January 22, 2019

UAMS Volunteers Provide Free Eye Exams, Glasses to Local Students

By Spencer Watson

Doctor examining a child’s eyes

Fily was one of nearly 70 students seen by a handful of volunteer doctors and assistants during the event.

Nine organizations, four UAMS departments, and two local schools united to provide the opportunity for free eye exams and glasses to students in Little Rock and the surrounding areas.

“The goal is to reach the two out of three Arkansan children who fail their school vision screenings without receiving follow-up eye care,” said second-year medical student John Musser, founder of a nonprofit called Rural Ophthalmology Optometry Treatment & Screening (ROOTS).

At the UAMS Harvey & Bernice Jones Eye Institute, 66 students were given a free comprehensive eye exam by a volunteer eye doctor and then were provided prescription eyeglasses. Frames for the glasses were donated by Sue Griffin, Ph.D., vice chair of Basic Research in the UAMS Donald W. Reynolds Department of Geriatrics. Tim Norton, O.D., from Contact Lenses X-Press provided the eyeglass lenses for the second consecutive year at no cost.

At last year’s event at the Shepherd’s Hope Neighborhood Health Center, a dozen area students were seen by Katie Brown, O.D.Sami Uwaydat, M.D., and a team of medical students and ophthalmic technicians, in the inaugural event for ROOTS.

Brown and Musser coordinated more than 50 volunteers with the goal of improving the vision health of local children. Brown said she and Musser reached out through the Arkansas Department of Education State Nursing Consultant Cheria Lindsey and the Little Rock School District Coordinator of Health Services Margo Bushmiaer to reach all school nurses within 50 miles of Little Rock to share this opportunity with the students who had failed their vision screenings.

Melissa Stueben, with the UAMS College of Health Professions, volunteers at a craft station set up for kids as they await eye exams.

Melissa Stueben, with the UAMS College of Health Professions, volunteers at a craft station set up for kids as they await eye exams.

To make the eye exams more accessible, they worked with Billy Thomas, M.D., M.P.H., and the UAMS Center for Diversity Affairs to arrange shuttles so parents could drop their children off at one of two Little Rock schools. Volunteers at Stephens Elementary School and Chicot Elementary School provided a safe presence at the community shuttle sites. The shuttles transported the kids to the UAMS campus for their eye exams and returned them afterward.

“Transportation is sometimes one of the biggest barriers to getting kids the follow-up they need, so we wanted to take care of that for them,” said Brown.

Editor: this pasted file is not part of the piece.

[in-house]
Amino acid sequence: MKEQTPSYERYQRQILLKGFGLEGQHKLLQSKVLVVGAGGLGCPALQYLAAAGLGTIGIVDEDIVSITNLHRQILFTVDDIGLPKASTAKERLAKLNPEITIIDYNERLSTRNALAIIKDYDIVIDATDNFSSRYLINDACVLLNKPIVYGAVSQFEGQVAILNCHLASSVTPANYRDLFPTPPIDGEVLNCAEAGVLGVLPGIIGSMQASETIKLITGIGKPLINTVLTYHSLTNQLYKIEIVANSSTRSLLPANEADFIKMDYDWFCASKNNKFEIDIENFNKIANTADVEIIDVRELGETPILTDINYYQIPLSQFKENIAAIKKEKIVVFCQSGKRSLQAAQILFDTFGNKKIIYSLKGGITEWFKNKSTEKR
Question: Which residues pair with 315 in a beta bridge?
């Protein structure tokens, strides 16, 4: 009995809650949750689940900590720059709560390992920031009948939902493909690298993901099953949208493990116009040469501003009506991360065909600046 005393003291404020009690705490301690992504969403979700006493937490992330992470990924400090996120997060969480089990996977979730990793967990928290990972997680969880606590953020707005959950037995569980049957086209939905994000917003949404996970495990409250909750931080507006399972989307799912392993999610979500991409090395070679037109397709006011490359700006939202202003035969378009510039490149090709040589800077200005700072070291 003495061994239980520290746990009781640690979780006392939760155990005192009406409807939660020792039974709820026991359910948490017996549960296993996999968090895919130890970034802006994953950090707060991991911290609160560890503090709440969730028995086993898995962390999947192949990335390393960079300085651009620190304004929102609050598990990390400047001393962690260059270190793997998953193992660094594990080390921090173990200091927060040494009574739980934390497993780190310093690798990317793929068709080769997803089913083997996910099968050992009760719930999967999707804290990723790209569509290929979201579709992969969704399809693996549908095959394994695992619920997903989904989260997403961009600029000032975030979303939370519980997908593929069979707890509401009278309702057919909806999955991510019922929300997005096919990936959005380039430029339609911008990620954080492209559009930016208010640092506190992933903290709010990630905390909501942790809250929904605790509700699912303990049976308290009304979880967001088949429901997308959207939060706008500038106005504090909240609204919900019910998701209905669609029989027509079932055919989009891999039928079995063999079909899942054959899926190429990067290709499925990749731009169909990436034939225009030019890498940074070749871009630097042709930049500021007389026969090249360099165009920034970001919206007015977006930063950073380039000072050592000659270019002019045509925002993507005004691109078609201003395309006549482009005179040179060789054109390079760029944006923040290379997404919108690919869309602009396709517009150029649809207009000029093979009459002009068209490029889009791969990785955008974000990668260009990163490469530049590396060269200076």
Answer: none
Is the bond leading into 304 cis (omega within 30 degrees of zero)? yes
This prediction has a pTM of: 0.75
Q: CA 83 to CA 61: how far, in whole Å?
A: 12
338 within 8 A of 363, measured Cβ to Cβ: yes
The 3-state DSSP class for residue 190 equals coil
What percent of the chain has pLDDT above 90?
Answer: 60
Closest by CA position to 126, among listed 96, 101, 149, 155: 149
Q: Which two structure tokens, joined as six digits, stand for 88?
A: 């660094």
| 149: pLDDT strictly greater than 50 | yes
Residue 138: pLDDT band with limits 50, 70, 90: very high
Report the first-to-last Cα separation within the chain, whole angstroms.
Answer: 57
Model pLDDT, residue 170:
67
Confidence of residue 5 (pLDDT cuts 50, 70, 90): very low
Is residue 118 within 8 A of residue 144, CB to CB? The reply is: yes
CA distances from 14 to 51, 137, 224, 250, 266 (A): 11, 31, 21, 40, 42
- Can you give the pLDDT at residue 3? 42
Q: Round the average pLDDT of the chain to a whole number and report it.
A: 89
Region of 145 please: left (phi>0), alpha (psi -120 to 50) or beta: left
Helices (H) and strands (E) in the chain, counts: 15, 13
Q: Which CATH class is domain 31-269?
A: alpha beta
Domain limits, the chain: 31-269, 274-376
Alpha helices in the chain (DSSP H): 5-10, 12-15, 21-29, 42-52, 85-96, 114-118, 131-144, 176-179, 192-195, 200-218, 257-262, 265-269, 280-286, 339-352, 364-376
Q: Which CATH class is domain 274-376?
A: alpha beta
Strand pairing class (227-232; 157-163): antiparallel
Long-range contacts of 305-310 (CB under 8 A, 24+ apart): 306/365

Pastor Mike Blanchard and Brenda Covington, M.D., of Shepherd’s Hope Neighborhood Health Center managed the outreach’s documentation and compliance coordinated by Angela Johnson with the Jones Eye Institute.

Portable photo-based autorefractor devices, which are ideal for pediatric use, were provided by the Arkansas Children’s Hospital Circle of Friends, the Episcopal Collegiate School, and the Lion’s Club of North Little Rock.

The UAMS Office of Interprofessional Education approved the free clinic as a “service learning event,” empowering UAMS students to get involved in their local community.

More than nine doctors from UAMS, Arkansas Children’s, and the surrounding community participated, including three from the Arkansas Optometric Association’s charitable foundation, Vision Arkansas.

“It was a team effort, absolutely,” said Musser.

Brown, too, said she was pleased with the group effort.

John Musser with Sue Griffin

Co-organizer John Musser with Sue Griffin, who donated all the frames for made-to-order prescription glasses.

“It was amazing the response we had from UAMS and our community of volunteers. We couldn’t have done it without every single group that participated. It shows that we are not only committed to improving awareness of the importance of vision and its strong connection to learning, but we are willing to do whatever it takes to get the children of Arkansas quality eye care,” said Brown.

“Our goal was to reach as many students as possible in a single day who would have otherwise gone untreated. We wanted to make a dent in the 15,000 kids that failed school screenings last year without getting a follow-up eye exam. We were able to see almost 70 kids who can now perform better in school and pay attention in class without feeling lost in a fog due to poor eyesight. Our efforts could make a profound difference in the lives of these children into adulthood,” said Brown. “I think that makes for a pretty phenomenal day.”